The first time I did this kind of reset, Chris and I were living in Oklahoma and I was in yoga teacher training. I did it for a week and it was the most difficult food week I have ever experienced. I did not know what I was doing. I was not a creative cook. Ingredients where hard to come by without spending a whole paycheck. Shopping took hours and hours because of all the label reading and the traveling to three different grocery stores. All of that combined with the sudden loss of the refined sugars and caffeine that I was used to made me want to punch people in their faces. This week has not been at all like that first week. There’s a few reasons for that. One is that I already mostly eat this way. When I do the grocery shopping for the week, most of groceries have to be refrigerated. Very few cans or packaged goods have to be put into the pantry. Our grocery gathering is split between two grocery stores: Trader Joe’s and Aldi. Both of these places make it really easy for me to buy unprocessed and healthy foods without breaking the bank. I ended up reading labels on a few items like enchilada sauce (contains sugar, made my own) and salsa (the Aldi Simply Nature line salsa contains sugar…don’t be fooled by branding), but most of the list consisted of fresh vegetables. You don’t have to really read those labels.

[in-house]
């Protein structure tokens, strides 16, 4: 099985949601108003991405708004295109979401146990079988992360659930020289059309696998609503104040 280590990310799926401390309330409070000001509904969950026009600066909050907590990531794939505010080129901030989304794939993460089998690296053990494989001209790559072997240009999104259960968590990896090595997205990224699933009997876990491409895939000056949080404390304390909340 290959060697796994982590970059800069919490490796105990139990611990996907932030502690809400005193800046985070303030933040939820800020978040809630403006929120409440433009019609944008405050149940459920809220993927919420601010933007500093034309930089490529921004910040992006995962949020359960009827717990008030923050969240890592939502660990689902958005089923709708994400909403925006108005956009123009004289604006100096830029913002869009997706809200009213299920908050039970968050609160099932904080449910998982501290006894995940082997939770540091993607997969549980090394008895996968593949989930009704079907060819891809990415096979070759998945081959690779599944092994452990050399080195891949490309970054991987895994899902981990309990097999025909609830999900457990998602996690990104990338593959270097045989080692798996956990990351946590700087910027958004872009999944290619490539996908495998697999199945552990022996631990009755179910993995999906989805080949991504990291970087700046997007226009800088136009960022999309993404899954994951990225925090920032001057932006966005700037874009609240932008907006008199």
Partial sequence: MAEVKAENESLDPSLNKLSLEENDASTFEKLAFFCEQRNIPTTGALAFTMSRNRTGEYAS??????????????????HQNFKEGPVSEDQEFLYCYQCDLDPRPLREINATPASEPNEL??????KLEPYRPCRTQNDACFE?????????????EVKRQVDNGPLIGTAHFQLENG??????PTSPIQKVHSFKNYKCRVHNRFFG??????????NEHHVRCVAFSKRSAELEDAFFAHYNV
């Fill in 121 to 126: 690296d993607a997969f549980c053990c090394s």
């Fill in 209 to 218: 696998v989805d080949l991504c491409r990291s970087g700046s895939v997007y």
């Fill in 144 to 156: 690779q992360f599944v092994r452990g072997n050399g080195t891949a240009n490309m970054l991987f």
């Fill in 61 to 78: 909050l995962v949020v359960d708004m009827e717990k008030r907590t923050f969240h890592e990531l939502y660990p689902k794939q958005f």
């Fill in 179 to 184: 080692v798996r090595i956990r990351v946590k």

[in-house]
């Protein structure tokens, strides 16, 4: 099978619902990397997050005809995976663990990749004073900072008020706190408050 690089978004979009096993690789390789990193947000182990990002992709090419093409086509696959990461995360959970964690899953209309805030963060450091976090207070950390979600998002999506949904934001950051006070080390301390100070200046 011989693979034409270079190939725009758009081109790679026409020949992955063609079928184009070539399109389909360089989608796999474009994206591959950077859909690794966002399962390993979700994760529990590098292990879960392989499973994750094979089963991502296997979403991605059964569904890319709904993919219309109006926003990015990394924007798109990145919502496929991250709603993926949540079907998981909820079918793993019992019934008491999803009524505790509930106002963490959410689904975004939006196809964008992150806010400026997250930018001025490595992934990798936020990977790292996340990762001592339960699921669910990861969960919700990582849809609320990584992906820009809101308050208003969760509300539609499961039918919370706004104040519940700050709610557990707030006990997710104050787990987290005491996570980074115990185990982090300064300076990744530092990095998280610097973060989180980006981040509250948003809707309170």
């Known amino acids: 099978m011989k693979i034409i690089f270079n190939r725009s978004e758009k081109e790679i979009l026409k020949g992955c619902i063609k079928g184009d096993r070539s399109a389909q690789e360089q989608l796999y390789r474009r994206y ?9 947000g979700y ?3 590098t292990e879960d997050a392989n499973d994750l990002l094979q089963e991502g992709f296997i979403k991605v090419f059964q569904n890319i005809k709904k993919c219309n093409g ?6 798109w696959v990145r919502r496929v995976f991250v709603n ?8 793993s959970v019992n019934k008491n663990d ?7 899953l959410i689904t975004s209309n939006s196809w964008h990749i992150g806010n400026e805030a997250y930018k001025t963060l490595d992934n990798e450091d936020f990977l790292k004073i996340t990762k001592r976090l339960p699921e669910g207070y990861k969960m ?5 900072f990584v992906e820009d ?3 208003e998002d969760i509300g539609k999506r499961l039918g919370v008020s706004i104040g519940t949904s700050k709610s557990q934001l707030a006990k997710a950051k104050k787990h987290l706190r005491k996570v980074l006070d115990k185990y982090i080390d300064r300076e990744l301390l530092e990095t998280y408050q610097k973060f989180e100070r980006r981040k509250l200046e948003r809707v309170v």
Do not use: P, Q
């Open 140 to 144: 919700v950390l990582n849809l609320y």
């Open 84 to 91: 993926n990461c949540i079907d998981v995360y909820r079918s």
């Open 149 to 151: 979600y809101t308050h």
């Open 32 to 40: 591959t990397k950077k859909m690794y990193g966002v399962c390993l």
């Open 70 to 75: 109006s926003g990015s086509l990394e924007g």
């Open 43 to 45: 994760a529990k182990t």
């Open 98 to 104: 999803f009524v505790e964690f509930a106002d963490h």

The meal plan for the week doesn’t look too different from another week except minus the cheese and maybe fish. We had quinoa stuffed portobello mushrooms with a kale salad one night and enchiladas the next. Buddha bowls are planned for one night and lintel sweet potato masala for another. Michael gets up in the morning and eats breakfast with me before he has to get the Cabbage up for summer camp. This morning we talked about making this a regular thing for at least the summer. Sunday through Thursday we’ll have vegan dinners and lunches. That gives us Friday and Saturday night to be more flexible with the meal. Maybe eat a pizza or cook a whole fish on Saturday. Try out a new restaurant. When I think about it, this is exactly how I was eating in my single times. I’d treat myself to a nice lunch out somewhere on Saturdays but mostly I was cooking at home and leaned towards the foods that made me feel good after eating them. Most of those meals were vegan.